Alternately, instead of spending Commitment 2 immediately after the second query, the application waits a period of time, then queries the server again and discovers there are now twelve commitments in the Merkle tree, as shown in FIG. 6. The application can compute from this that since the number of commitments in the tree changed from nine to twelve, in order to update the path again, it now requires Hash E and Root C. The application queries the server to obtain these values, and then inputs into the zero knowledge proof Commitment 2, 2, Hash A, Hash B, Hash C and Hash E to prove it knows Commitment 2 which hashes to Root C with the computation:

• h0=zkhash_J(Commitment 2, 2)
• h1=zkhash_K(h0, Hash A)
• h2=zkhash_K(h1, Hash B)
• h3=zkhash_K(h2, Hash C)
• Root C=zkhash_K(h3, Hash E)

In this case, the server observed, among all the requests from all applications that are communicating with it, a request to obtain the path for Commitment 2, a request to obtain Hash C, Hash D and Root B, a request to obtain Hash E and Root C, and a transaction in which Root C is published. The server can easily correlate the transaction with the request for Hash E and Root C, and from this, it can infer that an application was updating some commitment in the range of 0 and 7, a larger range than the previous example.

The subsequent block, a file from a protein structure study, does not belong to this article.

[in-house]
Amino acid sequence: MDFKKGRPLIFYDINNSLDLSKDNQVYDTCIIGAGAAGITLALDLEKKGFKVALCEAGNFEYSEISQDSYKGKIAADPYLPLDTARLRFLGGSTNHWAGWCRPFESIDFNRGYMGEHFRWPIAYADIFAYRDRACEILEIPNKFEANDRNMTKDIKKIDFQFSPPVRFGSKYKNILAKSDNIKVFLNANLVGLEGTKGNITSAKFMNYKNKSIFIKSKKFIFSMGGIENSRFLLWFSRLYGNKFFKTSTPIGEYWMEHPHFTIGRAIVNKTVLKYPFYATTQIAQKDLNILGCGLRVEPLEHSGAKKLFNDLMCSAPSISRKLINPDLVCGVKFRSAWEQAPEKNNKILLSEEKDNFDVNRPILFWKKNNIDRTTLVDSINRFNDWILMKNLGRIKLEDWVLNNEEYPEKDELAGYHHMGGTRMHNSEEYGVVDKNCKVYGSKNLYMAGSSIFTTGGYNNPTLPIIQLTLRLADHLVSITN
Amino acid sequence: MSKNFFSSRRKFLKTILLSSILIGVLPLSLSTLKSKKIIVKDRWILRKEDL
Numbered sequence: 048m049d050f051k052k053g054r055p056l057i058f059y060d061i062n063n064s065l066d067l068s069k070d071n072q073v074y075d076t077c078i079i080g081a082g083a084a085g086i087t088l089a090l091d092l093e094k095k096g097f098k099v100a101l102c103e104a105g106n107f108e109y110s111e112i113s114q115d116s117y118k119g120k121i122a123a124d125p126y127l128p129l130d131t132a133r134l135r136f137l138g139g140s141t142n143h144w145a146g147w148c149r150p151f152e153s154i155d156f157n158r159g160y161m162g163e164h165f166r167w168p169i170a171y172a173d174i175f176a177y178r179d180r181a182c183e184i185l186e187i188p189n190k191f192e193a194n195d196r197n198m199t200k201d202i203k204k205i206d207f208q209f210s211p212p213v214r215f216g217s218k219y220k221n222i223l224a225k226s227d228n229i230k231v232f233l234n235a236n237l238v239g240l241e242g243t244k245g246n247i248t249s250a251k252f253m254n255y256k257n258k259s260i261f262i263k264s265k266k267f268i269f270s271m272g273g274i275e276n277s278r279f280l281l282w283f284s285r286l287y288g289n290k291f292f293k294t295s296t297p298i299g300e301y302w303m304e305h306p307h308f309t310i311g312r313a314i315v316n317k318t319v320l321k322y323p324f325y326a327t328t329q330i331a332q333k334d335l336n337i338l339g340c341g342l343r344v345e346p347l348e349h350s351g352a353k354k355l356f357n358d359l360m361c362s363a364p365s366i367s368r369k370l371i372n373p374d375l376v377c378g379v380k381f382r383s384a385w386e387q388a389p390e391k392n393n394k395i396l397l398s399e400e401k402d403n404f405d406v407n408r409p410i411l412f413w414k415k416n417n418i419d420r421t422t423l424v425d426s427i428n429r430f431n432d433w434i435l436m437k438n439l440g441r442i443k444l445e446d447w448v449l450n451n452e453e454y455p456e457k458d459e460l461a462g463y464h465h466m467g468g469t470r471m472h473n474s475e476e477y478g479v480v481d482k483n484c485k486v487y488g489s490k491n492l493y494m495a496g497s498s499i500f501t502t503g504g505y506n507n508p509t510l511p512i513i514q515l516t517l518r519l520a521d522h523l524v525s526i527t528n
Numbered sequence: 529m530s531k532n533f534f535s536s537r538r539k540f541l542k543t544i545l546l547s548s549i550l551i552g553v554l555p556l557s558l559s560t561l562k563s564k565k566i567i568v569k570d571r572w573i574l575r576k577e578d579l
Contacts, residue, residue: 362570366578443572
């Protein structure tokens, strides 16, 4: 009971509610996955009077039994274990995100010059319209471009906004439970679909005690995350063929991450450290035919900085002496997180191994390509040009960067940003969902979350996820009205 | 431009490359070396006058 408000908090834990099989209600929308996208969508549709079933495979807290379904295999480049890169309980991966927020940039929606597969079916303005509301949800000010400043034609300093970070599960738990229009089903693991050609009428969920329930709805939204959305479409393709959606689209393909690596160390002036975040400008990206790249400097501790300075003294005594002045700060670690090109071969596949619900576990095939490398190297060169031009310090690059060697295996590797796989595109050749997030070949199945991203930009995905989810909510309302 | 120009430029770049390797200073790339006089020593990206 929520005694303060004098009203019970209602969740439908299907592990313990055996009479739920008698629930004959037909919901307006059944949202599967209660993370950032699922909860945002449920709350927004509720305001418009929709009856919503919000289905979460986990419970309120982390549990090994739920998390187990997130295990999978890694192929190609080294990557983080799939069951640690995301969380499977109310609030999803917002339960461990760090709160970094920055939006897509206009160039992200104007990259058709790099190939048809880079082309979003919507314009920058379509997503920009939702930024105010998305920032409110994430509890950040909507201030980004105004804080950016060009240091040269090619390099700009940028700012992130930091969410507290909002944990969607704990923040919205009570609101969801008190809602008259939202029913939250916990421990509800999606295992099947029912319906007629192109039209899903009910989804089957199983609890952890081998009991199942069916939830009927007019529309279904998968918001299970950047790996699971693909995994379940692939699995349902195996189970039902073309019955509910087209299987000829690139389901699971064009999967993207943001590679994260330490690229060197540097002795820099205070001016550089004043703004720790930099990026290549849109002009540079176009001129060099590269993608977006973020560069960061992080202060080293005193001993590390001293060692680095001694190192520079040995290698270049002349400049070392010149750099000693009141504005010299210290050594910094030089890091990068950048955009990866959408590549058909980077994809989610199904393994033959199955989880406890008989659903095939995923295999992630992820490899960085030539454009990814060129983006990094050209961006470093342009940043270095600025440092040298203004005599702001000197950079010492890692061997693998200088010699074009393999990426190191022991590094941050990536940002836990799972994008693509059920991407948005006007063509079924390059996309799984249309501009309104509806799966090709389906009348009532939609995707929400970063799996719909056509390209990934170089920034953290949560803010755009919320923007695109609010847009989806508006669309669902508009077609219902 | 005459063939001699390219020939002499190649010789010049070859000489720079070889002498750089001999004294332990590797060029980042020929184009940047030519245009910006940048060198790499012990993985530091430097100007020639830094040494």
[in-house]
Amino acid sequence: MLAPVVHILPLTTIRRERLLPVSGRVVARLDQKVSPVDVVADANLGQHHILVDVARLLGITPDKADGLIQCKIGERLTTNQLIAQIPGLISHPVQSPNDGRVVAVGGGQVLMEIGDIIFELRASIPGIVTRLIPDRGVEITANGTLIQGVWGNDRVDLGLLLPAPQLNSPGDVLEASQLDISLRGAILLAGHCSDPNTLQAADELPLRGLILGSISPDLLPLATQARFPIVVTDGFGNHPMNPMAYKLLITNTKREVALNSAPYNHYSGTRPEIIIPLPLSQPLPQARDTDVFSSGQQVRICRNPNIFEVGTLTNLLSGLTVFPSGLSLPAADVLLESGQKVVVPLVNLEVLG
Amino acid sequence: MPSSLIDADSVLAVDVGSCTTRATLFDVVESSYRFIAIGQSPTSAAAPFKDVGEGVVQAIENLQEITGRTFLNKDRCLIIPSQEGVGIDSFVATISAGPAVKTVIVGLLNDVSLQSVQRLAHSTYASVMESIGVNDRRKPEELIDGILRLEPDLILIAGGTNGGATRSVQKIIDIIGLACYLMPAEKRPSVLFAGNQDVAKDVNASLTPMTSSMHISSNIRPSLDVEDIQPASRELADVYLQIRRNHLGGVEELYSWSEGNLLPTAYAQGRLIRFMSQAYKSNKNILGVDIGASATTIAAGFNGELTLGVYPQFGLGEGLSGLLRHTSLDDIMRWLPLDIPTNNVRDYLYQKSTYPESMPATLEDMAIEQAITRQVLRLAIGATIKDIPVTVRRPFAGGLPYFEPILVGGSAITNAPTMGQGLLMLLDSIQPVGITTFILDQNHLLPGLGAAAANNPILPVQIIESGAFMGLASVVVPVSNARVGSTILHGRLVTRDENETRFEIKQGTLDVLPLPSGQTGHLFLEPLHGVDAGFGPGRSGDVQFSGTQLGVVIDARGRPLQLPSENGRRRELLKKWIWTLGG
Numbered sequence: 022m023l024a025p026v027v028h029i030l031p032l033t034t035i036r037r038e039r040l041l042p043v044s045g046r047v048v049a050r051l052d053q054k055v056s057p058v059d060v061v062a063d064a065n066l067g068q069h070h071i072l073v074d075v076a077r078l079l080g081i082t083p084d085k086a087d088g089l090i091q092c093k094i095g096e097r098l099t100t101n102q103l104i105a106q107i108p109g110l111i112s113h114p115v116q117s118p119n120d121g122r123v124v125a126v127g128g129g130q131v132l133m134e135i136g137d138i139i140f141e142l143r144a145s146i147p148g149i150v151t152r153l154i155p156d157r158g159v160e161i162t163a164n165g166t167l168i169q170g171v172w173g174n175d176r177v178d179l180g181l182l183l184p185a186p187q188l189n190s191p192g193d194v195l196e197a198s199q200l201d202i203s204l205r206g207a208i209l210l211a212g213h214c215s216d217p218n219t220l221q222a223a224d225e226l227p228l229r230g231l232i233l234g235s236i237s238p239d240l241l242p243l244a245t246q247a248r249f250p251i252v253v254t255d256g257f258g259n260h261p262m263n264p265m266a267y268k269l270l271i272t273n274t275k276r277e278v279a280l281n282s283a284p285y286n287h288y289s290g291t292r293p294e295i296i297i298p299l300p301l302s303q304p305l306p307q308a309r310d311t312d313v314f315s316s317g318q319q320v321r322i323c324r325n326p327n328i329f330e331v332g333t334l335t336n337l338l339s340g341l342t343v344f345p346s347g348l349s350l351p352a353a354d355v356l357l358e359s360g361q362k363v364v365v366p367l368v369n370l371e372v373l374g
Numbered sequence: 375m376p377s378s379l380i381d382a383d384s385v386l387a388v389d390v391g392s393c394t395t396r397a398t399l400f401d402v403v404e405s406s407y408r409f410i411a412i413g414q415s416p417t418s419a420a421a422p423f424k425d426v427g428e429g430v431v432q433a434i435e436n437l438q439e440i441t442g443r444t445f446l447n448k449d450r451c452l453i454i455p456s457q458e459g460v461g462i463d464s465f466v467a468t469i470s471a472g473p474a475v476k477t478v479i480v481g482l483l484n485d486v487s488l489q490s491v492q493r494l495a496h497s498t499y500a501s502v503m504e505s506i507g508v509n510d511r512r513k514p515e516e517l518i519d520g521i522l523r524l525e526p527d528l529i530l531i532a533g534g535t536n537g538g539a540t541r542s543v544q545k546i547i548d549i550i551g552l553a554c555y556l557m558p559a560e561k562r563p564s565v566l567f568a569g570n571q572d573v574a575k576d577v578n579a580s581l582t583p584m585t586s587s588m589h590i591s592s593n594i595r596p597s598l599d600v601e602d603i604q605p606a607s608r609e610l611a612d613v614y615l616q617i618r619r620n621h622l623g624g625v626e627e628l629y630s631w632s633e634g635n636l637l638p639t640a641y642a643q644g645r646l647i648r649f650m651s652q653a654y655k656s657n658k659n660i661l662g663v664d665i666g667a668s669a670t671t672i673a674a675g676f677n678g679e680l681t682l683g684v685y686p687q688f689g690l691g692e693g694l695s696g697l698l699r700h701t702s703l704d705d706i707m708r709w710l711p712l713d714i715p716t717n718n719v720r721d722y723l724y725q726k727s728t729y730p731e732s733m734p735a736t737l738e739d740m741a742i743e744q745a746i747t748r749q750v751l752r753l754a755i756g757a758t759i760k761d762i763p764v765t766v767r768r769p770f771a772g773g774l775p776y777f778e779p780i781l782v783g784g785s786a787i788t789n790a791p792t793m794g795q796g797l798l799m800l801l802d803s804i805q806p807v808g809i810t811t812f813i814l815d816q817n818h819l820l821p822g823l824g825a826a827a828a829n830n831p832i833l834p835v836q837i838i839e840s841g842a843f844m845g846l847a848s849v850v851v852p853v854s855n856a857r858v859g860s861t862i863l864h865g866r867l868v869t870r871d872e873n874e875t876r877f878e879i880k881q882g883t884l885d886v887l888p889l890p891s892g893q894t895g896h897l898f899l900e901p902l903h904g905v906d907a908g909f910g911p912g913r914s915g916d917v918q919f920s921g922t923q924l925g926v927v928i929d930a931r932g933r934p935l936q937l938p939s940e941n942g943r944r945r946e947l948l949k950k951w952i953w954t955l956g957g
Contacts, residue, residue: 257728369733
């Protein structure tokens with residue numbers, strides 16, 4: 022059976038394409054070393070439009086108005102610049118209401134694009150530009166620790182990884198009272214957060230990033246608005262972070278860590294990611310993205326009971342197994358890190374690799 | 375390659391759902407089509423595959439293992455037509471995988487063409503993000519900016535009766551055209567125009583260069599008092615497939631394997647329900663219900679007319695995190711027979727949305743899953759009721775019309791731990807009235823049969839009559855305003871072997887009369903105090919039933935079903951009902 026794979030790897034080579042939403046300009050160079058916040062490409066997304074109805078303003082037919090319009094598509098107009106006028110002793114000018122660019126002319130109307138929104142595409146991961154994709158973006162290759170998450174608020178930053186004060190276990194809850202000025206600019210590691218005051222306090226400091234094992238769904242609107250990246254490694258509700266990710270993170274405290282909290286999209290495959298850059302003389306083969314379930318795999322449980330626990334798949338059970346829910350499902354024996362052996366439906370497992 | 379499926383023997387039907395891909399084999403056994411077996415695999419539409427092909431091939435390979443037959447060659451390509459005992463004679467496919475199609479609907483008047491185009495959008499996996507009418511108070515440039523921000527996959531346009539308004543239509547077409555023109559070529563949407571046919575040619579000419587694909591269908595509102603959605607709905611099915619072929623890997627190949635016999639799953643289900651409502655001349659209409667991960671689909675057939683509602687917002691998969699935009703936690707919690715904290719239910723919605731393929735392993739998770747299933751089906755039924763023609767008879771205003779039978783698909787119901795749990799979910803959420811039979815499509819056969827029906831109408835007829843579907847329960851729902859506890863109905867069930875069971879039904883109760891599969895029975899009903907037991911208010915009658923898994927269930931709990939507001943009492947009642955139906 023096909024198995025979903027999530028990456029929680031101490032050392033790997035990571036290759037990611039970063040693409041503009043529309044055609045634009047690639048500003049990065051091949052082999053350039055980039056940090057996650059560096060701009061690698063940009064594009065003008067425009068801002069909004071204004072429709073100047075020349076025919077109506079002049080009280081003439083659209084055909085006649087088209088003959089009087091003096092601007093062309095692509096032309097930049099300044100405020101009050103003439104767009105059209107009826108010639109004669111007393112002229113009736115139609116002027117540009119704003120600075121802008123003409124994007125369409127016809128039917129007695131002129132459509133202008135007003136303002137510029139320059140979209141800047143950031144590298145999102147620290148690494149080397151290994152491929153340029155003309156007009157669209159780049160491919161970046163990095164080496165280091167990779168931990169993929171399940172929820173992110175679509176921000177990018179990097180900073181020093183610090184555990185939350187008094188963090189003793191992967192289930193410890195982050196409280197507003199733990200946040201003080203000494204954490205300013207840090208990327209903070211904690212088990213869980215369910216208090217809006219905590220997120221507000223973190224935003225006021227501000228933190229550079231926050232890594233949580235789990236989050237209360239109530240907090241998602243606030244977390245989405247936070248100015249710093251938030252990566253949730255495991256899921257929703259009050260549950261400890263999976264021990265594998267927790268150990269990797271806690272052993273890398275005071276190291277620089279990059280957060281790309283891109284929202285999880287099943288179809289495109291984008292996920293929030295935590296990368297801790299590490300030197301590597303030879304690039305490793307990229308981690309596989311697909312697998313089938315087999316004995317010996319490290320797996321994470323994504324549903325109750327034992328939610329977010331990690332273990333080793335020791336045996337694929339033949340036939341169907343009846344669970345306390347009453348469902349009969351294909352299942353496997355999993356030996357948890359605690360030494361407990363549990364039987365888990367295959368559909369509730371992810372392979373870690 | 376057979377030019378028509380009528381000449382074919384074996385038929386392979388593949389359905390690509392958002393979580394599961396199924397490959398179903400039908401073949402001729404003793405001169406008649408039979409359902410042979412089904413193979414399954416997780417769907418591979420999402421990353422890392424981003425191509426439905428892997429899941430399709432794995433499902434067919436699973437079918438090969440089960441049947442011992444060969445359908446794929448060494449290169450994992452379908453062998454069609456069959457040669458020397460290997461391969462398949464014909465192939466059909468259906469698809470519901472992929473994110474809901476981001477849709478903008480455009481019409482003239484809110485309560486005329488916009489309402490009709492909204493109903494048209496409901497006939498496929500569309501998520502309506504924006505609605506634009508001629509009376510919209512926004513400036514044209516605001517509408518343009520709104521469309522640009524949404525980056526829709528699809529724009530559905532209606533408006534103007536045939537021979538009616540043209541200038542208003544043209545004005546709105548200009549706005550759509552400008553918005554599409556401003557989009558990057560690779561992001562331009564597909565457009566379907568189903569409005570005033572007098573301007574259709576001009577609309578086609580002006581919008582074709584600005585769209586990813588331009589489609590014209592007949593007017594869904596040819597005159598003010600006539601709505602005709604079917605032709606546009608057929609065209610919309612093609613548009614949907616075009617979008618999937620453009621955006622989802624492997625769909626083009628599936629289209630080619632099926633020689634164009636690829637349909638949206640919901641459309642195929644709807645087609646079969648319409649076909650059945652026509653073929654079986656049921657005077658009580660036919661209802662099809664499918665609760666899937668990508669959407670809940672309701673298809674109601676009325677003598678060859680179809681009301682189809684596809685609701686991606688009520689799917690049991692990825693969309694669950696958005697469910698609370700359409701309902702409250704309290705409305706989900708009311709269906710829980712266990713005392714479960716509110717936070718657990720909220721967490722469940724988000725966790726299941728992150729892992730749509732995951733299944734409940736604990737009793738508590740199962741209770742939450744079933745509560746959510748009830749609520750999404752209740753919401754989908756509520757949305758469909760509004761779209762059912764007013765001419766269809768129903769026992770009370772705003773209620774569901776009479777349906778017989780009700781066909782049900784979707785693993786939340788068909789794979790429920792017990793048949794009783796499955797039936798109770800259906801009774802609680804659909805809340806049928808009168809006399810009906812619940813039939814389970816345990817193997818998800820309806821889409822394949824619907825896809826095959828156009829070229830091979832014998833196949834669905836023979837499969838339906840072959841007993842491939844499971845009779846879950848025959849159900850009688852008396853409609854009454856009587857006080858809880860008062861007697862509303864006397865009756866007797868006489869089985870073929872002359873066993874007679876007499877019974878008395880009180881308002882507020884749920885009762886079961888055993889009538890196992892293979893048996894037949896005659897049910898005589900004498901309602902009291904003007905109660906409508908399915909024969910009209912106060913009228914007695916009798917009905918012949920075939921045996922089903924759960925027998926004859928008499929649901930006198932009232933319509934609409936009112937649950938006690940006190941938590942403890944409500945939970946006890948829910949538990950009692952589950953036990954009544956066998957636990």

The application is not limited to making only three requests to update a path; it can attempt to time its requests to obtain each intermediary hash value after enough commitments have been added to the tree that the intermediary value becomes unlikely to change again. By making multiple requests separated in time, the application makes it more difficult for the server to correlate the Merkle root value published in a transaction with the commitment or range of commitments used as inputs to the transaction. In general, three requests should be sufficient to obtain a very high level of privacy from the transaction server, as long as the penultimate request comes some time before the transaction. Depending on the total number of requests the transaction server receives each day from different applications, a penultimate request 24 hours before the transaction, with some randomly added time variance, should be sufficient.